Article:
Even though the school year is just beginning, it’s never too early to start laying the groundwork toward landing a dream job after graduation.
Engineering students can do just that at the University of Wisconsin-Madison College of Engineering Career Fairs—September 13, 17, and 19 from 1-7 p.m. at the Gordon Dining and Event Center on campus. Additionally, the Civil/Geological Engineering Job Fair will take place September 24, 2018, from 3-7 p.m. in the Engineering Centers Building Lobby, and graduate students may attend the PhD/MS Job Fair on September 6, 2018, from 11 a.m to 4 p.m. in the Engineering Centers Building Lobby.
During those whirlwind days, students have an amazing opportunity to network with potential employers, drop off resumes—and, most importantly, learn about the wide variety of careers that they can pursue with their degrees. “Our students have strong technical skills and well-rounded educations,” says Assistant Dean for Student Development John Archambault. “Employers keep coming back to the career fair because our students go on to become leaders in their organizations.”
Employers, he says, are looking for students with practical experience—through internships or co-ops—as well as interpersonal traits that demonstrate empathy, the ability to manage a project, and communication abilities. And one great way to cultivate those all-important “soft skills” is through participating in one of the many student organizations in the College of Engineering.
On the technical side, an engineering degree from UW-Madison already gives students a leg up in achieving their goals after commencement; roughly 93 percent of bachelor’s degree recipients either accept job offers or go on to graduate school within six months of receiving their diplomas.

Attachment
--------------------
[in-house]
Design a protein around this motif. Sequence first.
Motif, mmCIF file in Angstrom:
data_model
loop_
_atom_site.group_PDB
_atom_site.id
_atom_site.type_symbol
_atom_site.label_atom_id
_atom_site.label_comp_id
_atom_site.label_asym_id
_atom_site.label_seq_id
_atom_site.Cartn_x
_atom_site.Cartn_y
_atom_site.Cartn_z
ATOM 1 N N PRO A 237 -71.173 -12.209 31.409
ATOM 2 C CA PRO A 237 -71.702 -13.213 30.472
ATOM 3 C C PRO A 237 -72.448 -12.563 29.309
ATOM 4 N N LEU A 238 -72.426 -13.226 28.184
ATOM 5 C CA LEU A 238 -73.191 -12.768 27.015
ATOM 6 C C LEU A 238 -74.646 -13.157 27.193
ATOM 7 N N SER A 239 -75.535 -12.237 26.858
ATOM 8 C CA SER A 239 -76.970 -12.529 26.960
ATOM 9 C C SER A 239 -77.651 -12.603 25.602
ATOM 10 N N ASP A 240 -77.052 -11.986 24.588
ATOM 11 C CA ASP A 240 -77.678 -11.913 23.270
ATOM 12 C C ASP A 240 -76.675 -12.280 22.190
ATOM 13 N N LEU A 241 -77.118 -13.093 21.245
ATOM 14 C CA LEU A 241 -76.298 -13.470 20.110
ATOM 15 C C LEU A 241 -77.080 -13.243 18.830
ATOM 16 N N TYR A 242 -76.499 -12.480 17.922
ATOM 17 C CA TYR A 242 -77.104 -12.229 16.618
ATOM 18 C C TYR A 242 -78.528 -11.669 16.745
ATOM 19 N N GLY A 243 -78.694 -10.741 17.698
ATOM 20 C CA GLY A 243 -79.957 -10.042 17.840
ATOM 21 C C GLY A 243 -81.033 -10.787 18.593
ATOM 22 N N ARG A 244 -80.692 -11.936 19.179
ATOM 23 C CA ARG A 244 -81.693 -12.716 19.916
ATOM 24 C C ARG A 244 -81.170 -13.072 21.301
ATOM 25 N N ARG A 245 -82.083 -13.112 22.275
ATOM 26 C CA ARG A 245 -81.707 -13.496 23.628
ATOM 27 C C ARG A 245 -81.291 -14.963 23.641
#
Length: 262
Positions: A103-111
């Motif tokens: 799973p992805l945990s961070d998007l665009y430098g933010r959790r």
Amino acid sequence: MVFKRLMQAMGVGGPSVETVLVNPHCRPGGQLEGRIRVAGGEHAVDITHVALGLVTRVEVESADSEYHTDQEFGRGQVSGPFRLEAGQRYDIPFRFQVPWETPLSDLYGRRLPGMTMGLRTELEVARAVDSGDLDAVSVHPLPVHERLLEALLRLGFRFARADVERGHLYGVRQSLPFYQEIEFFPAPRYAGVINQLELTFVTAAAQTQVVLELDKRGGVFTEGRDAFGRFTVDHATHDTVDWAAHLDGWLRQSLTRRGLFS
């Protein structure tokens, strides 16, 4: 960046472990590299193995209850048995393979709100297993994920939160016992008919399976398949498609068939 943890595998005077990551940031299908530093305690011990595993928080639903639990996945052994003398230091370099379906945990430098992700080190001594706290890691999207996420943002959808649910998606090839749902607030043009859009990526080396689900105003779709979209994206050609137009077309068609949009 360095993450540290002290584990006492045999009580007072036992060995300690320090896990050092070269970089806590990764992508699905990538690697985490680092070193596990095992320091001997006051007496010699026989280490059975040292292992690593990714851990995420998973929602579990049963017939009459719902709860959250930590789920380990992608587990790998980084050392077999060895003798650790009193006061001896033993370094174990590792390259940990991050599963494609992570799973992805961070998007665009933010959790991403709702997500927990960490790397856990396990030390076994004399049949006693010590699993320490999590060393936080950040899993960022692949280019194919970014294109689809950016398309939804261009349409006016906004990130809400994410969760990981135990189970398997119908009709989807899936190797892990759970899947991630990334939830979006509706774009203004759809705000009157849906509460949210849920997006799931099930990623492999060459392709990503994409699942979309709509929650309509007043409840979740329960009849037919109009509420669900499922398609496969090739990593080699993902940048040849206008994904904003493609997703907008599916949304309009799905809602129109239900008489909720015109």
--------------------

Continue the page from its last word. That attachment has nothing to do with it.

That doesn’t mean that Badgers can stride into Gordon Commons like they own the place and expect to be handed the keys to a corner office in the C-Suite. Even though the job market is favorable for engineers, students need to bring their A-games along with copies of their resumes when they are meeting their potential employers.
Here are five, time-tested tips for nailing the career fair.
1) Go. Even if you’re not looking for a job right now.
Many students make the mistake of not attending a career fair until their senior year when they are actively trying to land jobs. But younger students can get a lot out of the event.
“It’s not a job fair, it’s a career fair,” says Archambault. “The purpose of the event is for students to learn about careers.”
Younger students might learn about career possibilities they’d never heard of before the event—and the career fair can be a great networking opportunity for finding an internship or a co-op later on.
Even more importantly, freshmen and sophomores can use information they learn at the fair to help them select classes that will give them the skills they need to land their dream jobs when they do graduate.
2) Don’t get dazzled by big names.